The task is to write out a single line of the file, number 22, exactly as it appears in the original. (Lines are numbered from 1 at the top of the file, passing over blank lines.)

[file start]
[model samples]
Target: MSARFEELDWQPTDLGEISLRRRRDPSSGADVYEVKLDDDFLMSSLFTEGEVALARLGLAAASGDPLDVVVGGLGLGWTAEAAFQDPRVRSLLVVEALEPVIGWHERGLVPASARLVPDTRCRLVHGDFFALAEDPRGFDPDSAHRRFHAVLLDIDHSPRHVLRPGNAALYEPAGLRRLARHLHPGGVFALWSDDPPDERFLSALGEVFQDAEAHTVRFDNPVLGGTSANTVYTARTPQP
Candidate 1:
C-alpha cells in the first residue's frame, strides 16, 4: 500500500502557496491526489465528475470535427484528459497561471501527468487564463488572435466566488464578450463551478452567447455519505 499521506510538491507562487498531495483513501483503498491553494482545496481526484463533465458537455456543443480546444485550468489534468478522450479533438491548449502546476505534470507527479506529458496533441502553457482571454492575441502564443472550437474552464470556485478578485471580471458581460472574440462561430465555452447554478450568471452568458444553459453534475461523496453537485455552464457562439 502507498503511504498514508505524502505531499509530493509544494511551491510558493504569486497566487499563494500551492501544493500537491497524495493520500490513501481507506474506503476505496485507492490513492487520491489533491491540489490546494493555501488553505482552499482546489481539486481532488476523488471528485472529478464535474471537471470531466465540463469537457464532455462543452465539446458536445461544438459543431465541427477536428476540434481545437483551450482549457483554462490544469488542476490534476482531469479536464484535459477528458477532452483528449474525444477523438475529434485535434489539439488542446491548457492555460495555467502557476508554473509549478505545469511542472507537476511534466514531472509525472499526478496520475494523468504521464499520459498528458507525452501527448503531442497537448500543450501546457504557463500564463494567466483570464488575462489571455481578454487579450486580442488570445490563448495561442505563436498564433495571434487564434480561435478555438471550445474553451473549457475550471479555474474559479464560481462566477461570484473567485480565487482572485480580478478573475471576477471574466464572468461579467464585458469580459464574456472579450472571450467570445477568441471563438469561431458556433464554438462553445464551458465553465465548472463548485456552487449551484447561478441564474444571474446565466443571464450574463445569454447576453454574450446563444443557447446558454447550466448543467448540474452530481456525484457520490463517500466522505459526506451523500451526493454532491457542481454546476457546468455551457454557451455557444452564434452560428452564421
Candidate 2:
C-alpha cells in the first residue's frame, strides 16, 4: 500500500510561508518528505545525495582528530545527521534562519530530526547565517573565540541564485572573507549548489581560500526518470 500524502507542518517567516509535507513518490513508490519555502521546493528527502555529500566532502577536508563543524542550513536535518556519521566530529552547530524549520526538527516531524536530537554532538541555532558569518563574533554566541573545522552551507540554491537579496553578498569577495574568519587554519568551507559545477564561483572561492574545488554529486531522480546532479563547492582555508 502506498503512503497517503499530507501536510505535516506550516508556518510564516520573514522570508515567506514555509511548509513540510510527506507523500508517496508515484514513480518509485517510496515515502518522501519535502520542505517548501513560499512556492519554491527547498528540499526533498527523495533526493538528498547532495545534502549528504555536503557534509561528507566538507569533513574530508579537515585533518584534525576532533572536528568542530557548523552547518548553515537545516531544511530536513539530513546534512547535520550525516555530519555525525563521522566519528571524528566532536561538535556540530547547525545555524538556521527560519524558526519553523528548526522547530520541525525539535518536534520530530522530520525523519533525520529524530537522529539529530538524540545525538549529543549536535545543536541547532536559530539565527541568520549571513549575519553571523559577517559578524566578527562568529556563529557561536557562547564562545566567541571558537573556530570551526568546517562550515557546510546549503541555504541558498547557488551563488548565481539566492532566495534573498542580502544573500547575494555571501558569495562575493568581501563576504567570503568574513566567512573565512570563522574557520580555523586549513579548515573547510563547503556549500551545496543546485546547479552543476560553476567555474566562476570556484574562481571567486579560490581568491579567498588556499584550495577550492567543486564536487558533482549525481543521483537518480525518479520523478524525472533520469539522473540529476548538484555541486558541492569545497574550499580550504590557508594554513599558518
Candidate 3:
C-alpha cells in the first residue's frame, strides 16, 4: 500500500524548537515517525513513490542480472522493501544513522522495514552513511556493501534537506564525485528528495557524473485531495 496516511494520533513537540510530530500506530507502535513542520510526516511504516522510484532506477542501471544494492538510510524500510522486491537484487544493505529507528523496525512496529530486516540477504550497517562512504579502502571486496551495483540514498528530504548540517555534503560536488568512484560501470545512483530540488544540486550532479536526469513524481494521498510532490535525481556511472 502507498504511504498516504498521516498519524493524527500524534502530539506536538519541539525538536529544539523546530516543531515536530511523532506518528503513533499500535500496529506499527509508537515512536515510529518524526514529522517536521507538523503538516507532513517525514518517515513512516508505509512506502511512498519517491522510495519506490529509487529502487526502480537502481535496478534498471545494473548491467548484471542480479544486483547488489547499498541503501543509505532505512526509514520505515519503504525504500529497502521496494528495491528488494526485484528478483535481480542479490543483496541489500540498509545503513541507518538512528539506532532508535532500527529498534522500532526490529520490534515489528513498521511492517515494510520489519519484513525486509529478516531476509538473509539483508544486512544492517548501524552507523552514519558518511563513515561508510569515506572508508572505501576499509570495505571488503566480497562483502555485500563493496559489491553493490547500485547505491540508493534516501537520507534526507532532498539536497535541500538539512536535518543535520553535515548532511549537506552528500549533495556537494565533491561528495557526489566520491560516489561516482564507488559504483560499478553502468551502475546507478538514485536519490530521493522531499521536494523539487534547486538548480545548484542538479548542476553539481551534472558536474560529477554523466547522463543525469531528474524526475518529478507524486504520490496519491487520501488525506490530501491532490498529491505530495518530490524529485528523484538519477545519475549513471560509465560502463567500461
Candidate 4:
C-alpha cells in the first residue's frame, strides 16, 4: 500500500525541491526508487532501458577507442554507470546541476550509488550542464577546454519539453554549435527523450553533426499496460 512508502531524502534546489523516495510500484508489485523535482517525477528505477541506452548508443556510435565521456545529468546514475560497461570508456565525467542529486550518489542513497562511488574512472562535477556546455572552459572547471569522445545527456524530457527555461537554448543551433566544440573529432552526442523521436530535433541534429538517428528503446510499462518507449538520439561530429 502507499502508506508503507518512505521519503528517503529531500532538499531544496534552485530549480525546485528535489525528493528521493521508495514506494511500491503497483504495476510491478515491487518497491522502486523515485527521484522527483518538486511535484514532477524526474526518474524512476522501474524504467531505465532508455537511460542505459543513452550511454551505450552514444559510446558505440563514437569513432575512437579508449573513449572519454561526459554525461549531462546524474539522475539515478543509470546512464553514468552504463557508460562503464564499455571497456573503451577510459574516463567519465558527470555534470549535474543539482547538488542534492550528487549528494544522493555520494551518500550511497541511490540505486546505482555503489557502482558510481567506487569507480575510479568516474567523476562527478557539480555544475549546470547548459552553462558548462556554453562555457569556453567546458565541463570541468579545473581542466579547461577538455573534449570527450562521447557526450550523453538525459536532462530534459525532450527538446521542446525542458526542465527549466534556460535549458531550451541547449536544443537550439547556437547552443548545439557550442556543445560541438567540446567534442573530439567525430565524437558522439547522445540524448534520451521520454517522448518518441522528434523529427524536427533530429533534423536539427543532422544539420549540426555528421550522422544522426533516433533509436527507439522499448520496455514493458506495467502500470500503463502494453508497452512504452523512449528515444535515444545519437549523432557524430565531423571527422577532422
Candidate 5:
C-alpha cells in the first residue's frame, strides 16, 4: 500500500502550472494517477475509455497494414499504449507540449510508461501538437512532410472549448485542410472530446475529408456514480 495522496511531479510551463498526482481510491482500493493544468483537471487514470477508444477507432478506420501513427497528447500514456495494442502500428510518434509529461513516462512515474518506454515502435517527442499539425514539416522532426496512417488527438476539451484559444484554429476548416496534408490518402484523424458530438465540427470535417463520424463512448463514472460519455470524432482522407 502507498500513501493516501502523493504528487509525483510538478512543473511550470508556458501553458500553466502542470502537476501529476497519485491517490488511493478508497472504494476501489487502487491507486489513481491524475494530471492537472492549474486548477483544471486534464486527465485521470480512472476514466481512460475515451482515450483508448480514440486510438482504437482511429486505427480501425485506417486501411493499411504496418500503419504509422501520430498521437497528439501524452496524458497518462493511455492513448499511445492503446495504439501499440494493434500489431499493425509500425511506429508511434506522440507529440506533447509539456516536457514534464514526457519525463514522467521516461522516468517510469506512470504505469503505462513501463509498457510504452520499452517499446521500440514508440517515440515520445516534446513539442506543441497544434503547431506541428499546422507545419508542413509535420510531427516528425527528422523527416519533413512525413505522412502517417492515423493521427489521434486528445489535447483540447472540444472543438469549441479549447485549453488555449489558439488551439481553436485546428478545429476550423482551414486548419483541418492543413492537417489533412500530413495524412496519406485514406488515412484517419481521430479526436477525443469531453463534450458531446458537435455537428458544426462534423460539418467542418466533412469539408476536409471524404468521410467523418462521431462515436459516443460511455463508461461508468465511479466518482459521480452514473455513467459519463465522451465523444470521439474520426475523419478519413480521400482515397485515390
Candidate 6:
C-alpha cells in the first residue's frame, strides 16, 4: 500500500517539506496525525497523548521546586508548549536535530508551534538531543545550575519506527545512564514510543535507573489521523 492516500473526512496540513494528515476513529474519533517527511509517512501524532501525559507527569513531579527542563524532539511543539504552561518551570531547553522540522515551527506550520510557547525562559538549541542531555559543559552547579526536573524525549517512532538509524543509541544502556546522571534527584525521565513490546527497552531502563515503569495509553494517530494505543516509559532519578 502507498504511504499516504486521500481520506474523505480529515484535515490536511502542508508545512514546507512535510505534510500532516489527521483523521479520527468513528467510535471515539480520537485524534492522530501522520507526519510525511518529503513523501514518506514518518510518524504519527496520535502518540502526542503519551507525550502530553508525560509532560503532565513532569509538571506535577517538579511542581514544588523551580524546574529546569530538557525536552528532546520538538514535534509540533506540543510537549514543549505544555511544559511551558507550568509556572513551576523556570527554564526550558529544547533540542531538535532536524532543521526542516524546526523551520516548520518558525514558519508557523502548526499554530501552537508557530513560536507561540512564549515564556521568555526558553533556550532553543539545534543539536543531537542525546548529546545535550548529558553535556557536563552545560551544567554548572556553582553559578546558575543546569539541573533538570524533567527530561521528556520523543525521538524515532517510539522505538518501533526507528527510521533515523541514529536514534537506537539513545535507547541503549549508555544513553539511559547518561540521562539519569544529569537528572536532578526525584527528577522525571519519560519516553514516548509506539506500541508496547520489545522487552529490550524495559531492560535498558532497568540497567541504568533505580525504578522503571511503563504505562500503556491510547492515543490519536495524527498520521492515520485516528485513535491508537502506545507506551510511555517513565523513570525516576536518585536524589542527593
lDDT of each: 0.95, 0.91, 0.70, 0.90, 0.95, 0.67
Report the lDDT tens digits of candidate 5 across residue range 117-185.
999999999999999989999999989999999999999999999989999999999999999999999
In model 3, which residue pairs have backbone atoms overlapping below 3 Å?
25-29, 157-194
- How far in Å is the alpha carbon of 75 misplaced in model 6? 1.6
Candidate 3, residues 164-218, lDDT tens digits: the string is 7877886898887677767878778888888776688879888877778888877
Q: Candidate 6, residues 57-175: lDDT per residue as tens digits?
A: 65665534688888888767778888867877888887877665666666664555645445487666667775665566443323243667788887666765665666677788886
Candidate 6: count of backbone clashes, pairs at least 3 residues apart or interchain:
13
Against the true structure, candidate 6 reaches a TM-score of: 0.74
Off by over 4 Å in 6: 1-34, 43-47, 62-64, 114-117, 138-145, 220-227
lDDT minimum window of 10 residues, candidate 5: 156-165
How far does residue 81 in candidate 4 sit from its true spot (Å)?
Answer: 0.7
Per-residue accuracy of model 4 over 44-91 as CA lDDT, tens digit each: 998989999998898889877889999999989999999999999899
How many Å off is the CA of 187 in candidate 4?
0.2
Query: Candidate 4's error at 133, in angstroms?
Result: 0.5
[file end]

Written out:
Q: Candidate 6, residues 57-175: lDDT per residue as tens digits?